4. It is a medium for pragmatically efficient computation, i.e., the computational environment in which thinking is accomplished. One contribution to this pragmatic efficiency is supplied by the guidance a representation provides for organizing information so as to facilitate making the recommended inferences.
This is very important—as Sowa says (next slide), the requirement of computability is what separates knowledge representation from pure philosophy, and it is also what brings me, and the projects at IATH, in contact with knowledge representation. If you want a computer to be able to process the materials you work on, whether for search and retrieval, analysis, or transformation—then those materials have to be constructed according to some explicit rules, and with an explicit model of their ontology in view.
5. It is a medium of human expression, i.e., a language in which we say things about the world.
It may not look like it, when you look at markup, but that is a language that both humans and computers can understand, and it is a language in which we say things about the world.
Figure 2 is a kind of counterpoint, between an email message distributed on March 19th, 2001 through the humanities computing mailing list called Humanist, and the preface of the New Big Book on Knowledge Representation (called Knowledge Representation) that just came out from John Sowa, a well-known researcher in this area. The email message was written by David Halsted, a comparative literature Ph.D. with interests in history, democracy, and eastern Europe—and until recently, a project manager at H-Net, “an international interdisciplinary organization of scholars and teachers dedicated to developing the enormous educational potential of the Internet and the World Wide Web” (based at Michigan State University). I’m interested in this email message because it testifies to a connection between philosophy and computing that is pivotal to the rest of what I want to talk about here, and does so in what are, for me, fairly concrete terms.
For what it matters, I picked up _Truth and Method_ recently after a long absence and a career change. Computing got me back to hermeneutics because the process of defining what people want a computer to do is so hard. I started reading some of Terry Winograd's books on design, and that got me back into questions I hadn't really thought about much since grad school. Somewhere between Winograd talking about people's inability to articulate fully what they do every day (yeah, he got that idea from Heidegger) and Frederick Brooks talking about the process of programming as "debugging the spec" in _Mythical Man Month_ I found myself right back at questions of interpretation and the articulation of an unspoken lifeworld.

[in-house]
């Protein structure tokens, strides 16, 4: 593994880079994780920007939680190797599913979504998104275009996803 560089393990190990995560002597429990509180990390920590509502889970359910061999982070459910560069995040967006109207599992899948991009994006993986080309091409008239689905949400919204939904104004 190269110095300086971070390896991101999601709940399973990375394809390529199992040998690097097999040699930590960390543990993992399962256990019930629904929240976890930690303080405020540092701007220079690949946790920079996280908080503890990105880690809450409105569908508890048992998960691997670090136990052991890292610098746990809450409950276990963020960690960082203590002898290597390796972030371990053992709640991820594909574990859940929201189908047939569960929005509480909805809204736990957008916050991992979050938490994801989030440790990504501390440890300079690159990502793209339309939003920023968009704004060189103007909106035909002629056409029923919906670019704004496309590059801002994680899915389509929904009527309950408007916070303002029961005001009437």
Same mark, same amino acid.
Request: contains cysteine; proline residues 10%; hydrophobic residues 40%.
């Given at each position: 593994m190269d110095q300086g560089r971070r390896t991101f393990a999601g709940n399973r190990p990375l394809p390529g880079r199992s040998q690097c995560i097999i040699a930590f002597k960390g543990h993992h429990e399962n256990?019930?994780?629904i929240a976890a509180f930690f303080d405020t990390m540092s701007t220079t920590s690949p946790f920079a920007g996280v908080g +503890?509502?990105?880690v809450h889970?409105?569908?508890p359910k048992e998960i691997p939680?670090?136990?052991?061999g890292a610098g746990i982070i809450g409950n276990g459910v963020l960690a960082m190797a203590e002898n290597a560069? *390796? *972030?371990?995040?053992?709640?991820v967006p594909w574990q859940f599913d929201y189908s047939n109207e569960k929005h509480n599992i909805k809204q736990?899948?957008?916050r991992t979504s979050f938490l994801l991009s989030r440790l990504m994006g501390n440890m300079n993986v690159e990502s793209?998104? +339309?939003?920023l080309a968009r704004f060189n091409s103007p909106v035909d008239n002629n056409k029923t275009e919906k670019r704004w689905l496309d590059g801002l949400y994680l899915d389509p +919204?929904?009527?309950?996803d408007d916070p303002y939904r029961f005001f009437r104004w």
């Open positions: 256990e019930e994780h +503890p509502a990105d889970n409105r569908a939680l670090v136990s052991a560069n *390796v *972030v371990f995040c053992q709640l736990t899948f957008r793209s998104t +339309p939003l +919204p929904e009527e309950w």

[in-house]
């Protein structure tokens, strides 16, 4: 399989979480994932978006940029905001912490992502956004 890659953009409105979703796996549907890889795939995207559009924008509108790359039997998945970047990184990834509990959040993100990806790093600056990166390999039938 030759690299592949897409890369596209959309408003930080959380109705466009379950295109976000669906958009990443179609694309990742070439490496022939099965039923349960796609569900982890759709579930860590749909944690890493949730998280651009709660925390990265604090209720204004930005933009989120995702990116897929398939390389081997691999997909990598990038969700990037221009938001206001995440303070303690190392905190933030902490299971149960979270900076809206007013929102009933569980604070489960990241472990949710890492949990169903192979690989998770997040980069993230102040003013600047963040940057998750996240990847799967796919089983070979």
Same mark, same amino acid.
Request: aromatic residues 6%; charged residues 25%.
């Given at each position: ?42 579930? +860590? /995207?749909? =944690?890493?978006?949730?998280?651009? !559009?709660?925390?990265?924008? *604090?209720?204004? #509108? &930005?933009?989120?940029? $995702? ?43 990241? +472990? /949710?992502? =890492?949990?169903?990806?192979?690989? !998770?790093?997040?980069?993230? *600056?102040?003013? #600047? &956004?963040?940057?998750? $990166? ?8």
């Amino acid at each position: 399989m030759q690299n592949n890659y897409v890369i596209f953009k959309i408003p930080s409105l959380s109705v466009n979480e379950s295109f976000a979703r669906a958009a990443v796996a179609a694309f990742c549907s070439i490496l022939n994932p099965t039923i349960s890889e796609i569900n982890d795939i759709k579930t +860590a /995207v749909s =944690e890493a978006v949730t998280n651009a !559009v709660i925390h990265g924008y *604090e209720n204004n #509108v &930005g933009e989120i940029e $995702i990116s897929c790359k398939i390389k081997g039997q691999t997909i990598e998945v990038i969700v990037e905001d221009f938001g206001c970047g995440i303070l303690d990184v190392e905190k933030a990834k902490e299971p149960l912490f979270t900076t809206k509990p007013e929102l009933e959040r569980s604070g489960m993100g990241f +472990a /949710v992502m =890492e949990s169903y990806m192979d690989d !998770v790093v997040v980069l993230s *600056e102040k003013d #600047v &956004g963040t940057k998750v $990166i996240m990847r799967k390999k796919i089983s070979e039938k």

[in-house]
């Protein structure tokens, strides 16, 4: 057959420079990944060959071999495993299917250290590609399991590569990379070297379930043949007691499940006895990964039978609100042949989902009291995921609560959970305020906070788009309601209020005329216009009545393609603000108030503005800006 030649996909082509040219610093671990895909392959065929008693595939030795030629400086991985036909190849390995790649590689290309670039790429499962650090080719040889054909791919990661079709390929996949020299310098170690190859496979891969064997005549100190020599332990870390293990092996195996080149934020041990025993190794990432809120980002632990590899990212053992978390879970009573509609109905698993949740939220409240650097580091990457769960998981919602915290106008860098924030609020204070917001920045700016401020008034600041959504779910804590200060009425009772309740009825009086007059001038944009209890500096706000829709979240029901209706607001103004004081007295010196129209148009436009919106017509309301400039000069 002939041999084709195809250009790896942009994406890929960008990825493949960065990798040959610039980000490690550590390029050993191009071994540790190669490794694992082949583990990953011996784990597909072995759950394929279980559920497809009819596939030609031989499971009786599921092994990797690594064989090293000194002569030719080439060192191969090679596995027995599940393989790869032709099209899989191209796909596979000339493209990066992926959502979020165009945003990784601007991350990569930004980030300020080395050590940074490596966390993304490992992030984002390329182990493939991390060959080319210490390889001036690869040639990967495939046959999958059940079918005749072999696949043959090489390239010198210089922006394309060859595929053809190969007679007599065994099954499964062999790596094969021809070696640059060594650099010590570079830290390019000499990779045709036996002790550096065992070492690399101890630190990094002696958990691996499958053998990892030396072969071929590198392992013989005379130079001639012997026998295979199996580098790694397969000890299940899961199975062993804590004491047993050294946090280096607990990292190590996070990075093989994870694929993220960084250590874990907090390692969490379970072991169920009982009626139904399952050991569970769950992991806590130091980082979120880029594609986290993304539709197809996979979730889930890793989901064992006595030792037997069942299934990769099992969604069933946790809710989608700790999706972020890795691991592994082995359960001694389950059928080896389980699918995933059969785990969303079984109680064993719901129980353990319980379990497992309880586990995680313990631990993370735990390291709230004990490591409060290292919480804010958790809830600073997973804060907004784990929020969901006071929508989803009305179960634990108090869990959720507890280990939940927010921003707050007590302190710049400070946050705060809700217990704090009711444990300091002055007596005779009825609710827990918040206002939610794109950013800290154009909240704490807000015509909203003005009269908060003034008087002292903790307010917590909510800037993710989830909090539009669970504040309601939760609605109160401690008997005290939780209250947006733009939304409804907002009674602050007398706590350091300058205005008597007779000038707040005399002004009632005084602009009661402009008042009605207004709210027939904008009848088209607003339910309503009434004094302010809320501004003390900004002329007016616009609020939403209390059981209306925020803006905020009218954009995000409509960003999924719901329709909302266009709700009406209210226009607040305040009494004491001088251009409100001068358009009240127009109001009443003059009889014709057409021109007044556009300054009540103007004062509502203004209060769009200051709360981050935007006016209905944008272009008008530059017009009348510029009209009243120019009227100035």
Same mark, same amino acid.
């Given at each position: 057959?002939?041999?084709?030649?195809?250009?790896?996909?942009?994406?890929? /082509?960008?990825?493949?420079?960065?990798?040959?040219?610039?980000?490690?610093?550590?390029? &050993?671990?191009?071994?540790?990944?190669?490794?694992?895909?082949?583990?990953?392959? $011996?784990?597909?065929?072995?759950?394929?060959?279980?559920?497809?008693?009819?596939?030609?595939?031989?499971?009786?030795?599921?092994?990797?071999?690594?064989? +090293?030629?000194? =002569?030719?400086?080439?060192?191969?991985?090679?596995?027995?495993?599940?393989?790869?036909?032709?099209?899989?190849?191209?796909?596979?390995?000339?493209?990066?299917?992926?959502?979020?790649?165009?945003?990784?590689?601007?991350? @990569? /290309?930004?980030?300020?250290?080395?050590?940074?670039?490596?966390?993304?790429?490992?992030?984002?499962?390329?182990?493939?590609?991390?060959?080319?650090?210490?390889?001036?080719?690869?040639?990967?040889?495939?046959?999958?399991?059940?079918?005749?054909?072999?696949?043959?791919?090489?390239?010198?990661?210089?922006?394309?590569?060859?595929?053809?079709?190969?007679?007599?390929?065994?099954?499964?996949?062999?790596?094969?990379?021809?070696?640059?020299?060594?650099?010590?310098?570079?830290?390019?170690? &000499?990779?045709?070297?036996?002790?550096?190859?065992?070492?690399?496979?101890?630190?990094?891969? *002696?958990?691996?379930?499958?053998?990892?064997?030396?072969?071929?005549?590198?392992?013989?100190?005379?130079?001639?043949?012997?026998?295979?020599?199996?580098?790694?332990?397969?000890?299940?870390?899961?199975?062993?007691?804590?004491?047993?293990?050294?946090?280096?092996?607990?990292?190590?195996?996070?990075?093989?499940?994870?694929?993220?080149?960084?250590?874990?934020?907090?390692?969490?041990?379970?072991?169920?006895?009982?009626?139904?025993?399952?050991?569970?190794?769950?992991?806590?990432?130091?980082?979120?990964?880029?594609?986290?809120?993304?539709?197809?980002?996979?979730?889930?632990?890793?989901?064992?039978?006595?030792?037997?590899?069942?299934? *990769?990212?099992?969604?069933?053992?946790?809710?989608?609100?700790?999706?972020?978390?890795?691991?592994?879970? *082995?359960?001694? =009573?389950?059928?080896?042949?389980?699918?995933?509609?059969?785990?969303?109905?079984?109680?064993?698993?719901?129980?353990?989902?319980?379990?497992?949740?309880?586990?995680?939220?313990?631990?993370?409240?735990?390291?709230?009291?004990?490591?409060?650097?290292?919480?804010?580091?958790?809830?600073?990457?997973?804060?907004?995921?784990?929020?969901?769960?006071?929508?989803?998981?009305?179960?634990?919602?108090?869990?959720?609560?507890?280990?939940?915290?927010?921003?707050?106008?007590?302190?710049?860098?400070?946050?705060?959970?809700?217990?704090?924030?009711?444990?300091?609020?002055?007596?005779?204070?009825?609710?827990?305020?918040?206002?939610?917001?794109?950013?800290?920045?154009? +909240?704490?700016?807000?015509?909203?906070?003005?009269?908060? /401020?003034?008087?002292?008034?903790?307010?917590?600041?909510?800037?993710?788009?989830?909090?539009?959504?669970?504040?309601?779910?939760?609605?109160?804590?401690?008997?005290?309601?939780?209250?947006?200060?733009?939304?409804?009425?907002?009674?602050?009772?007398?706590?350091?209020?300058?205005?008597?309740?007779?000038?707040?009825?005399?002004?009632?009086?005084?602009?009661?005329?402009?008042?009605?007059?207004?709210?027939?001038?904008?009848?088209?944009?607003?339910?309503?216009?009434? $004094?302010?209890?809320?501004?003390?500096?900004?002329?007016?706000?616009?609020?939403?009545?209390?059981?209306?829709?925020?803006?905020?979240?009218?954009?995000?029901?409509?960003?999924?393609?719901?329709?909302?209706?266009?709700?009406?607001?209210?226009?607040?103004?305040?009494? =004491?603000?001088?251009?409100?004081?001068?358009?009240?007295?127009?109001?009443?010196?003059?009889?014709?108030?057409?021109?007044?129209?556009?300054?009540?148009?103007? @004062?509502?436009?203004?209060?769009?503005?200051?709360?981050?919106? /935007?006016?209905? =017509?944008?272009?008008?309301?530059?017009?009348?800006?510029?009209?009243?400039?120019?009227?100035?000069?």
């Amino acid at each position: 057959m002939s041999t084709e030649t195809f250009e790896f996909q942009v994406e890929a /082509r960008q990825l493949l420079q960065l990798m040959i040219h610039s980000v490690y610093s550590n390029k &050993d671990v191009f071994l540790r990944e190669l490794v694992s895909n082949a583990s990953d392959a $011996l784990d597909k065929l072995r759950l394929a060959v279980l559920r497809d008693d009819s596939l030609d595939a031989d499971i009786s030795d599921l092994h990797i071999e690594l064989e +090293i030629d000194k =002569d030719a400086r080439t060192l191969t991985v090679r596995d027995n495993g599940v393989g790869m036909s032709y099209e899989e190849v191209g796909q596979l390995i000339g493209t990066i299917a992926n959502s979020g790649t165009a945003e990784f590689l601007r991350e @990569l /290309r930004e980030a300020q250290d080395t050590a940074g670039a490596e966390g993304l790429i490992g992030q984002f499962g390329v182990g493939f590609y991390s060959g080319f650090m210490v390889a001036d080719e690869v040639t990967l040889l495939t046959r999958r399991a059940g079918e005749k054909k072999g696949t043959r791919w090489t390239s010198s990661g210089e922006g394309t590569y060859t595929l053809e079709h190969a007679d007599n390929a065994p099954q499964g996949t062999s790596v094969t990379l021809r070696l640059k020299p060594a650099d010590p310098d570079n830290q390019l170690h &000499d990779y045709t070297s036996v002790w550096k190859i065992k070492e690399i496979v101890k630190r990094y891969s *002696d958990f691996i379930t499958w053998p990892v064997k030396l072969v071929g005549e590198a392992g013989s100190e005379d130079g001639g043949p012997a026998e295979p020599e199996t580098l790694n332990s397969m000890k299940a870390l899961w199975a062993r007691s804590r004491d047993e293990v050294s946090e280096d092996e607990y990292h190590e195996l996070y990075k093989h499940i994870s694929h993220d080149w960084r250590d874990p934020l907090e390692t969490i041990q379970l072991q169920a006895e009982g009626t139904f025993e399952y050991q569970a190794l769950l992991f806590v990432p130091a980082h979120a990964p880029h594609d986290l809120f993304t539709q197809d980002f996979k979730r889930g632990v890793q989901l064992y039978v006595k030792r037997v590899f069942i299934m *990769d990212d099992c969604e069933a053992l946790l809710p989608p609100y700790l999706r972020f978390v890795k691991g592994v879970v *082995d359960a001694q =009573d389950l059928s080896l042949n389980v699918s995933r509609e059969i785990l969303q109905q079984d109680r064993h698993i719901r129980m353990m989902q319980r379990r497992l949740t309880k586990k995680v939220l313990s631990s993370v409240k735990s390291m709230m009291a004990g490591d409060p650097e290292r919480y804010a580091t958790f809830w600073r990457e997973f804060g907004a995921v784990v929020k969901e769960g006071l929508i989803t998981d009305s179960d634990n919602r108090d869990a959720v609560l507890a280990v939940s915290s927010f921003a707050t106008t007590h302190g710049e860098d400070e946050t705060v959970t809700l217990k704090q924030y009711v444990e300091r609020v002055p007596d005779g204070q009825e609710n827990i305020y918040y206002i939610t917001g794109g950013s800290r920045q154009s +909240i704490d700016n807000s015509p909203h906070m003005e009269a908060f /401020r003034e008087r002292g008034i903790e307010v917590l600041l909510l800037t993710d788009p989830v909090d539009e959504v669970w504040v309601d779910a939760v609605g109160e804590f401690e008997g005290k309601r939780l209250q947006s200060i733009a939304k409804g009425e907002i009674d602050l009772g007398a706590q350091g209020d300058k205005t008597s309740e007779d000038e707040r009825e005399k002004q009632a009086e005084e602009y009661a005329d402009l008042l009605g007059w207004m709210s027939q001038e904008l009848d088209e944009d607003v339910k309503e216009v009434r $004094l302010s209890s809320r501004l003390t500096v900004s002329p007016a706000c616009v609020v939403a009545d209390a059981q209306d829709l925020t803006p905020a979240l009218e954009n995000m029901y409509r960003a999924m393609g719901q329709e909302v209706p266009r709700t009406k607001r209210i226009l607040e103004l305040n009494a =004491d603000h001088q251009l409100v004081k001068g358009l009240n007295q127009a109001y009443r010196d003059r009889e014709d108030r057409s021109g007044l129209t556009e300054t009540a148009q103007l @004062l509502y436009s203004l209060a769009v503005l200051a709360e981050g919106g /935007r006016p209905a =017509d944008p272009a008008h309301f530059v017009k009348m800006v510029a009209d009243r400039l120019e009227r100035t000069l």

Socrates said he was the midwife to his listeners, i.e., he made them reflect better concerning that which they already knew and become better conscious of it.
Then I picked up Gadamer again, and then I got a new job a month ago and haven't had time to think, but a lot of time to see what happens when unspoken assumptions don't get written out into a formal description by people who can't visualize what a program is (again, Brooks).
Like Socrates, knowledge engineers and systems analysts play the role of midwife in bringing knowledge forth and making it explicit. They display the implicit knowledge about a subject in a form that programmers can encode in algorithms and data structures.
Anyway, that's how I got back to Gadamer from computing. The implementation of a spec (where a spec can be quite informal) in a program appears as a kind of critique/interpretation of the text of the spec . . . . So I'd say interpretation, and the classic hermeneutic pattern of working between the part and the whole toward an understanding, are central to whatever it is we're doing when we try to create working programs for carbon-based life forms capable of linguistic misunderstanding.
“The implementation of a spec in a program appears as a kind of critique of the text of the spec”—which is to say, when you sketch what you think you understand, and then try to turn that sketch into a series of instructions a computer can execute, you find out where there are holes in your sketch, where it breaks down. Similarly, when you design an information structure and then try to fit the actual information into it, you find out where the structure doesn’t fit. That’s the back and forth between part and whole, rule and instance.
And before we leave this Figure, I’d like to focus attention on the tripartite structure that Sowa lays out for knowledge representation: it consists of logic, ontology, and computation. Logic disciplines the representation, but is content-neutral. Ontology expresses what one knows about the nature of the subject matter, and does so within the discipline of logic’s rules. Computability puts logic and ontology to the test, by producing a second-order representation that validates and parses the ontology and the logic of the knowledge representation.
Figure 3 shows a database table from Ben Ray’s Salem Witchcraft project—a “tuple.” A tuple is a simple (but powerful) data structure containing two or more components—for example, a row (with two or more fields) in a table in a database. A tuple is a structure that can be repeated any number of times, always with exactly the same parts—a set with a certain number of elements. The simplest tuple would be a matched pair—out of which, properly deployed, some very complicated things can be built.
Logic: The logic here is that of the tuple—and, and, and. Of course, some of these elements can be null, and some cannot be null, so it’s not the case that every row in the database will have every field filled out.